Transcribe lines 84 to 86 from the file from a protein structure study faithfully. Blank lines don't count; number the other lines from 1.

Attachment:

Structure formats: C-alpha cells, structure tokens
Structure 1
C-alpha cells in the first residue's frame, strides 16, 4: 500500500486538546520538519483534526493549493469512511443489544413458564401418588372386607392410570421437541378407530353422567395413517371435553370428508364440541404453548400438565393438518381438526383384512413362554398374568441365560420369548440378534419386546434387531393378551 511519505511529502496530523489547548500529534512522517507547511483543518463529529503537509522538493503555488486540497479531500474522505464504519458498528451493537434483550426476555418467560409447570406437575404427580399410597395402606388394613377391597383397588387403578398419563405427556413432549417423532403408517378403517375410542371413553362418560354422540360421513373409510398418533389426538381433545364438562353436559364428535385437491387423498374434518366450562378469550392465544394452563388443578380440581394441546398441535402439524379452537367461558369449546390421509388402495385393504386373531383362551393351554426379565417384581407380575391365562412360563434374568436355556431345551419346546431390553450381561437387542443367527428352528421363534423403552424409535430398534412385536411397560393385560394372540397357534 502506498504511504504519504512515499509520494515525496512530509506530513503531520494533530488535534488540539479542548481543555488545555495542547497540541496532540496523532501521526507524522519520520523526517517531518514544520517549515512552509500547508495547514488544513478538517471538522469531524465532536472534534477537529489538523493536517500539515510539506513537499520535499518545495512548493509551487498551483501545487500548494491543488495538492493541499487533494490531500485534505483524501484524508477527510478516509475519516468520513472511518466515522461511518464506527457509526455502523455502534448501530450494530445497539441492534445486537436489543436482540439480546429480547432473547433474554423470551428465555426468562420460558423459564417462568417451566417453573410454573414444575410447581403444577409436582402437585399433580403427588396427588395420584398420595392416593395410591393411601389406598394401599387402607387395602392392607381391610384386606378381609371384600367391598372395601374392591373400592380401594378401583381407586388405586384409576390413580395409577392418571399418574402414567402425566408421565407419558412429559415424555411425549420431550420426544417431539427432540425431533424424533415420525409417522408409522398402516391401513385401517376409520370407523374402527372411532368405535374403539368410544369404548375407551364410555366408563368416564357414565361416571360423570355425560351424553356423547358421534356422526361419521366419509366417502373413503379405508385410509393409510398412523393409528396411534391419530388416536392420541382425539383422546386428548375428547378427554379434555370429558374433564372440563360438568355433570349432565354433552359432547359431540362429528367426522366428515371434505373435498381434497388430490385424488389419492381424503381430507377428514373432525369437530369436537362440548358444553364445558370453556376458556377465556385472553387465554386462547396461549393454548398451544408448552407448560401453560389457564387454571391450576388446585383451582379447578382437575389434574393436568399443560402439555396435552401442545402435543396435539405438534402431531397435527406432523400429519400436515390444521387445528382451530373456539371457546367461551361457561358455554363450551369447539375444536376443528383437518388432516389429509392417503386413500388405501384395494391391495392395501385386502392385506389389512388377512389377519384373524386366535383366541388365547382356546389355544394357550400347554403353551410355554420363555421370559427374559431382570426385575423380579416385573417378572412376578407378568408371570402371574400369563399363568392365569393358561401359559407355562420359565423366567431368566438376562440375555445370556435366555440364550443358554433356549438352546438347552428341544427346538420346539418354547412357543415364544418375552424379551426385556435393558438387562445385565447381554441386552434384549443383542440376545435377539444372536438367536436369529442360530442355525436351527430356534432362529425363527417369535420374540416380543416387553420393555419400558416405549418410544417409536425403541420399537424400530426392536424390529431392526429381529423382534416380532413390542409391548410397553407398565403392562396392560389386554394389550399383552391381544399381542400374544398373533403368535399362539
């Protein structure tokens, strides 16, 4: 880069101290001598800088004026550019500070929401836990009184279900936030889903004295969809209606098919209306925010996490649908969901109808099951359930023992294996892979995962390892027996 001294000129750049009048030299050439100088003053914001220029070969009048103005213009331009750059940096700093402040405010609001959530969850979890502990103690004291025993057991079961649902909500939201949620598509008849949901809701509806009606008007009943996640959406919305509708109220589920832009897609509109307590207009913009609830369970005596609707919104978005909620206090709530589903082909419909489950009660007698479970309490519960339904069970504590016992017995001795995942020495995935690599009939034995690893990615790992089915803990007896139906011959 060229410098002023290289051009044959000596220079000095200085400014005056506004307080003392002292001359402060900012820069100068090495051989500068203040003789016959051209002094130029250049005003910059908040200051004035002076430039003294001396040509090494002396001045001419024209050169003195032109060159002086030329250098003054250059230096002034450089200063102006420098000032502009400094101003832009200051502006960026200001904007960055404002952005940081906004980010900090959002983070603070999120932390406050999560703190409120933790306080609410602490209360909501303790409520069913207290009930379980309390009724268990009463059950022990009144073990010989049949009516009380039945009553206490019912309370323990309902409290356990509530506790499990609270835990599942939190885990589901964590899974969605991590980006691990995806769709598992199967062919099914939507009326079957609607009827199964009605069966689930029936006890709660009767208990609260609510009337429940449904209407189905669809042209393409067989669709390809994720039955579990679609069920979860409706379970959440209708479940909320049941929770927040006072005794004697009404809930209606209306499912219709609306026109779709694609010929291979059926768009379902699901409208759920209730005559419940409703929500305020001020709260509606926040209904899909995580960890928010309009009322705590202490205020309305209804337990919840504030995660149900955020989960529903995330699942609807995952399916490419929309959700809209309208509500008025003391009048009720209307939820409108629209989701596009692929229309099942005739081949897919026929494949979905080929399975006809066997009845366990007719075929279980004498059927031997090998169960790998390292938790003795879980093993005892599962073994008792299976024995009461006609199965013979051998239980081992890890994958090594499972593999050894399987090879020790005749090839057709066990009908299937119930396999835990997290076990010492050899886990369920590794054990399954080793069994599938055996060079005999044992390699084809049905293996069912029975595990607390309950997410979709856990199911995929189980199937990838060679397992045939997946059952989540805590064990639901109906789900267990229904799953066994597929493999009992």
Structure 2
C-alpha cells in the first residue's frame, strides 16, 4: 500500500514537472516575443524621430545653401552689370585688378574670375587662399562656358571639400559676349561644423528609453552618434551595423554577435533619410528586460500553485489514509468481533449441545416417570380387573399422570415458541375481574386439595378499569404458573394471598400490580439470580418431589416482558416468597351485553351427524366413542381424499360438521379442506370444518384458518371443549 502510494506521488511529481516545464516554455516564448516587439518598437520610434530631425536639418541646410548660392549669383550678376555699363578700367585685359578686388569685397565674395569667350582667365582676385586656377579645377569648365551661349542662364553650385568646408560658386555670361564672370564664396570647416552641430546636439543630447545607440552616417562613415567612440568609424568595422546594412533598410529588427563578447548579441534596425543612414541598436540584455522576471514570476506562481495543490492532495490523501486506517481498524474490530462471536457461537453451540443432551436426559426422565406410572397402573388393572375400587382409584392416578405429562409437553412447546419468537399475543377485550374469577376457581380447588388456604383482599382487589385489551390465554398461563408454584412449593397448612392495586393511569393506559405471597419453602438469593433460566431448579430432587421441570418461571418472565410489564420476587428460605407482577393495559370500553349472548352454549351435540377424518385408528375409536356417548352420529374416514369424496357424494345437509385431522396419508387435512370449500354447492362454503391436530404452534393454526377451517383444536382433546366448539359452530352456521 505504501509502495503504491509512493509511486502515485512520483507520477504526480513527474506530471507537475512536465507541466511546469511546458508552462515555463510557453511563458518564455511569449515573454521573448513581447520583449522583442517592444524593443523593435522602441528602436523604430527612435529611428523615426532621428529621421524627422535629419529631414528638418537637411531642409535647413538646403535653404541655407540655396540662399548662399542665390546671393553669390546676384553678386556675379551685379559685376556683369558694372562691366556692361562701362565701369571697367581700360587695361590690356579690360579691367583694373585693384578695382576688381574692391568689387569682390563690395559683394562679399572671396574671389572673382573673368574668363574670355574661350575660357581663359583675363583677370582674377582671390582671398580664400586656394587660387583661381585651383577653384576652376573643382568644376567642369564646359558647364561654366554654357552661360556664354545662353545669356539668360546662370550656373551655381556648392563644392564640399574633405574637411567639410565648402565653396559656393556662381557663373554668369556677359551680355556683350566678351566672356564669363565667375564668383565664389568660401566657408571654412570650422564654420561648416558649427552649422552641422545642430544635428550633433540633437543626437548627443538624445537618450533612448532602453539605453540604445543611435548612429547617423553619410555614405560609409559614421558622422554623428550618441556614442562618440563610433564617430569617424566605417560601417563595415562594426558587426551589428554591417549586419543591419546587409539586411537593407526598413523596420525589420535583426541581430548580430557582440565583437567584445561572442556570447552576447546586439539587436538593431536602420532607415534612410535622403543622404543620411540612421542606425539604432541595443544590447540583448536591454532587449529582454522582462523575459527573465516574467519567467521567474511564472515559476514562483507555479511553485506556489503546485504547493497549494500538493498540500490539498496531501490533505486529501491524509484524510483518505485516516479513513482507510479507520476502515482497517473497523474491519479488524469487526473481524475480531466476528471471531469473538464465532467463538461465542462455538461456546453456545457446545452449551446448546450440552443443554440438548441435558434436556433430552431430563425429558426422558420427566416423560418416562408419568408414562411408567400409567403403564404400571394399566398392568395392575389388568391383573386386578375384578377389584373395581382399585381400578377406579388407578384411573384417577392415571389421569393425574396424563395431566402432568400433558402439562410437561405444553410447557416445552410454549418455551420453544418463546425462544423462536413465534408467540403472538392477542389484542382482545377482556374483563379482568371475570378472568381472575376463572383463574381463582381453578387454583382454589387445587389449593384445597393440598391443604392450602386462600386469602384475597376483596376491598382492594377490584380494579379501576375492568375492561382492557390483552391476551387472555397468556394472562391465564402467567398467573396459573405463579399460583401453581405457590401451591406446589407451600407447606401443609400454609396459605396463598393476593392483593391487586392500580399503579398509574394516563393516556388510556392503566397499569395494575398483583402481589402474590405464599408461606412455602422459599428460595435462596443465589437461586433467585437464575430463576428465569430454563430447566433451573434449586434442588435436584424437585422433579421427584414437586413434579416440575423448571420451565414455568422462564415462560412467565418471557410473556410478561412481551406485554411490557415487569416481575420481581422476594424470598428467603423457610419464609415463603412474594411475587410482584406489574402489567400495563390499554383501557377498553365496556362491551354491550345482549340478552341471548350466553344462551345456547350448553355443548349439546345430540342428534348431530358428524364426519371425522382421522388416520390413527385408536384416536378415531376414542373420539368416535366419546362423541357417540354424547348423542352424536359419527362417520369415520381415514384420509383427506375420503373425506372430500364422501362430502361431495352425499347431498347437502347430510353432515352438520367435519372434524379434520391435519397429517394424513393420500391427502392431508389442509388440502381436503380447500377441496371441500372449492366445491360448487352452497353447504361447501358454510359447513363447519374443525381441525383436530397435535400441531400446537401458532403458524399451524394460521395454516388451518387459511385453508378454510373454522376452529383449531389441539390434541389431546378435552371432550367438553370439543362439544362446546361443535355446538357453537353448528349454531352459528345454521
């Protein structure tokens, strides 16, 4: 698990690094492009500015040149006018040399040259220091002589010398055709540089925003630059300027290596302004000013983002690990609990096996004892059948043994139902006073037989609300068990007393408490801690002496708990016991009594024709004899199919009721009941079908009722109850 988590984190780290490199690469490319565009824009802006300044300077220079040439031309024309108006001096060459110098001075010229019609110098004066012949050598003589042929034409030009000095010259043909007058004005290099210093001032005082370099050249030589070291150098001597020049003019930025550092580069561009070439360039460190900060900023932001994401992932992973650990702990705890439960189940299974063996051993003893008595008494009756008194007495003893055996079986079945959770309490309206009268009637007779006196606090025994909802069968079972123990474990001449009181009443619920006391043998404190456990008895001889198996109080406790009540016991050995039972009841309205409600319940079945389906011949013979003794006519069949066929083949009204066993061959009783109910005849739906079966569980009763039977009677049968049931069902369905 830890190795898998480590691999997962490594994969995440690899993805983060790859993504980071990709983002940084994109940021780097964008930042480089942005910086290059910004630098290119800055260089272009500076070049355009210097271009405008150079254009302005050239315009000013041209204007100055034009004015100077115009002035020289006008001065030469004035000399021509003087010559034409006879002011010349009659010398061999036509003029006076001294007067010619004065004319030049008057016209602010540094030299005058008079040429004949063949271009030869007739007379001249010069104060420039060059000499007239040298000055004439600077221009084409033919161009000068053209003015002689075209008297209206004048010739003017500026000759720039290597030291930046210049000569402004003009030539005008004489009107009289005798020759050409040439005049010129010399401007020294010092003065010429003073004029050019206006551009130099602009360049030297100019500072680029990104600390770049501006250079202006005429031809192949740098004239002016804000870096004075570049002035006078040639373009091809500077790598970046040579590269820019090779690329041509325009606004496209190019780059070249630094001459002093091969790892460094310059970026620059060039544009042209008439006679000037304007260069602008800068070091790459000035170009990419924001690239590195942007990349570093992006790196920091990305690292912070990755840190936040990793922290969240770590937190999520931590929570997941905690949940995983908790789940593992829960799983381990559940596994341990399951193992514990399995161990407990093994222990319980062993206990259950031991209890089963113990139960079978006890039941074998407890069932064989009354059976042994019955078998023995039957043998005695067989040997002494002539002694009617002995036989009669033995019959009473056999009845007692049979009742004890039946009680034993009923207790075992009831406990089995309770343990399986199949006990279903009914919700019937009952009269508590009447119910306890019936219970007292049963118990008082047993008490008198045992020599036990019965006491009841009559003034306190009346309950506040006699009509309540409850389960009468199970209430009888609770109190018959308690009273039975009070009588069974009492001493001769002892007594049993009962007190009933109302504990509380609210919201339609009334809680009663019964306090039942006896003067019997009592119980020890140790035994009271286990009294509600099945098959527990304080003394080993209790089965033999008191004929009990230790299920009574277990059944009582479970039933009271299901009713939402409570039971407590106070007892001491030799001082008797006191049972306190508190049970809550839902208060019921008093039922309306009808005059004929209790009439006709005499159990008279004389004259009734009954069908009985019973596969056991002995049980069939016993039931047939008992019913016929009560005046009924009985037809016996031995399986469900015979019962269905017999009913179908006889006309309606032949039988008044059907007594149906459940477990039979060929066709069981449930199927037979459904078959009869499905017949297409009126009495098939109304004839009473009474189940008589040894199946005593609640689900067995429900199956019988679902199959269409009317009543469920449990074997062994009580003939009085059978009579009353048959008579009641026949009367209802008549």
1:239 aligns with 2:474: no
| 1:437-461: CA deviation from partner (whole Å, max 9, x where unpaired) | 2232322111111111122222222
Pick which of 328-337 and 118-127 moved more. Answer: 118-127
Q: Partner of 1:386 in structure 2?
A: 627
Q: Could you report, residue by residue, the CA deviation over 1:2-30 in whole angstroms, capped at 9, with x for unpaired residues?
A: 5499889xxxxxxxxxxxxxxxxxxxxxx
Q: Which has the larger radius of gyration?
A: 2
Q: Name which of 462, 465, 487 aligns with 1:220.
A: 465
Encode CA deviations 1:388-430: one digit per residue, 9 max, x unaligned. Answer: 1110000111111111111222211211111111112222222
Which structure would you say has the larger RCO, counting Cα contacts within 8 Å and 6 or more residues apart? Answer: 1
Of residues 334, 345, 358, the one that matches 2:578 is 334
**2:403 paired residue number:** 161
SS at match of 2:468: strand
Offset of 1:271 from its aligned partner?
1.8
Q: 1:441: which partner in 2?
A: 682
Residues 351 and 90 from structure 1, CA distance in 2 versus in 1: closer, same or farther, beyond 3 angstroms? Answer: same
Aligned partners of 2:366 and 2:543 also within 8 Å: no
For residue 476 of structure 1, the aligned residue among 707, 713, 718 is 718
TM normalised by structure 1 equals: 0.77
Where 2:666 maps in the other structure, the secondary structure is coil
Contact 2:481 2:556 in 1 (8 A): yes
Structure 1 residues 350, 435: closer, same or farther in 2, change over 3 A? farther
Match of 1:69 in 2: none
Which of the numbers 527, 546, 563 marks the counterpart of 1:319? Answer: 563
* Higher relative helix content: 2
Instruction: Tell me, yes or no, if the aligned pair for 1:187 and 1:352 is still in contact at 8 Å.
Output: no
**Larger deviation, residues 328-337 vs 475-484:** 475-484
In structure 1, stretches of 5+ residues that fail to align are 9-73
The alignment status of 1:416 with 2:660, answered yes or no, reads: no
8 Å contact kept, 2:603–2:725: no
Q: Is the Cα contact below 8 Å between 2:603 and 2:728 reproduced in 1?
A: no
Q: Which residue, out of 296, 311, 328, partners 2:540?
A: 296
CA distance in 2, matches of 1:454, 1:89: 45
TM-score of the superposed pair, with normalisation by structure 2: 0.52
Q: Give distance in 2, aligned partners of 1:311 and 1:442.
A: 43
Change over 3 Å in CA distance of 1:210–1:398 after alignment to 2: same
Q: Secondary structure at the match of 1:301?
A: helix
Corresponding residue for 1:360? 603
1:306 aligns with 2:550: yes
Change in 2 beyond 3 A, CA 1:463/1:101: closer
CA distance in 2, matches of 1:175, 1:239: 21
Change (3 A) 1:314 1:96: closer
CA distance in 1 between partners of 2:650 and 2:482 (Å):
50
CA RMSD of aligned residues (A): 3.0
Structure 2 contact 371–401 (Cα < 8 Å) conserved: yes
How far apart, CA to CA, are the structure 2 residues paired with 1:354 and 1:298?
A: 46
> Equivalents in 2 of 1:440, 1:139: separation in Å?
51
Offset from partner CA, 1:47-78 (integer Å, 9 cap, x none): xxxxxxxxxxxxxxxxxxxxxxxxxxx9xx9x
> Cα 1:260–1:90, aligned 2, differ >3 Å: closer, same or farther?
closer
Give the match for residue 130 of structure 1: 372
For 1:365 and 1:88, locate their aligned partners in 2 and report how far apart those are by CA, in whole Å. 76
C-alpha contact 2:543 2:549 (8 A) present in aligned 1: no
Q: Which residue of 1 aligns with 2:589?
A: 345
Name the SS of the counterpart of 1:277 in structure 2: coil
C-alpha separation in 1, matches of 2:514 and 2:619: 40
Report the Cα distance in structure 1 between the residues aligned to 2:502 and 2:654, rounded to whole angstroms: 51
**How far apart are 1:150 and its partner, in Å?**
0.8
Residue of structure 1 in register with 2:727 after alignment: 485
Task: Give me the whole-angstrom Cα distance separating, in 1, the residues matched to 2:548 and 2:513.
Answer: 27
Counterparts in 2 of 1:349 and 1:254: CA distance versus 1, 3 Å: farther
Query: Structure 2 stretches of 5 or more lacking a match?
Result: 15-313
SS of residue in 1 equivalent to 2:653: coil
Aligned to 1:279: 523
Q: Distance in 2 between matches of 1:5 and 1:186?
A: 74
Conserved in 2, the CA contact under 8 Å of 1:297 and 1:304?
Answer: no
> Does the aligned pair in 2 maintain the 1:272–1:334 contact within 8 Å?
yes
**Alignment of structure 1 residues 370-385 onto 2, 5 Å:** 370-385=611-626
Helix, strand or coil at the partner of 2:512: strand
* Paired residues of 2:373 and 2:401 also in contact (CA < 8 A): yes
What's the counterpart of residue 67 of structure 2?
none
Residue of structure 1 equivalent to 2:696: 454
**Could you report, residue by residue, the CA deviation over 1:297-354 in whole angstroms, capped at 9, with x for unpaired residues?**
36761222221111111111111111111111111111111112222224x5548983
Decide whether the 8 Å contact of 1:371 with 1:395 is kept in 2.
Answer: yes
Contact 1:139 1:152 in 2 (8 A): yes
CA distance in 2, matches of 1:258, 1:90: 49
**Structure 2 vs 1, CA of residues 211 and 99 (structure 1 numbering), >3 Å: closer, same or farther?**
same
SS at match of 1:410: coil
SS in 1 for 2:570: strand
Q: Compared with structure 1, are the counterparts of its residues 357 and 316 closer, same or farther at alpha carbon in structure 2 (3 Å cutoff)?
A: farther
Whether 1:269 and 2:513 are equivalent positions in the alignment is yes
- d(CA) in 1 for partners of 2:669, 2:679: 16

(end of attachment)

Counterparts in 2 of 1:349 and 1:254: CA distance versus 1, 3 Å: farther
Query: Structure 2 stretches of 5 or more lacking a match?
Result: 15-313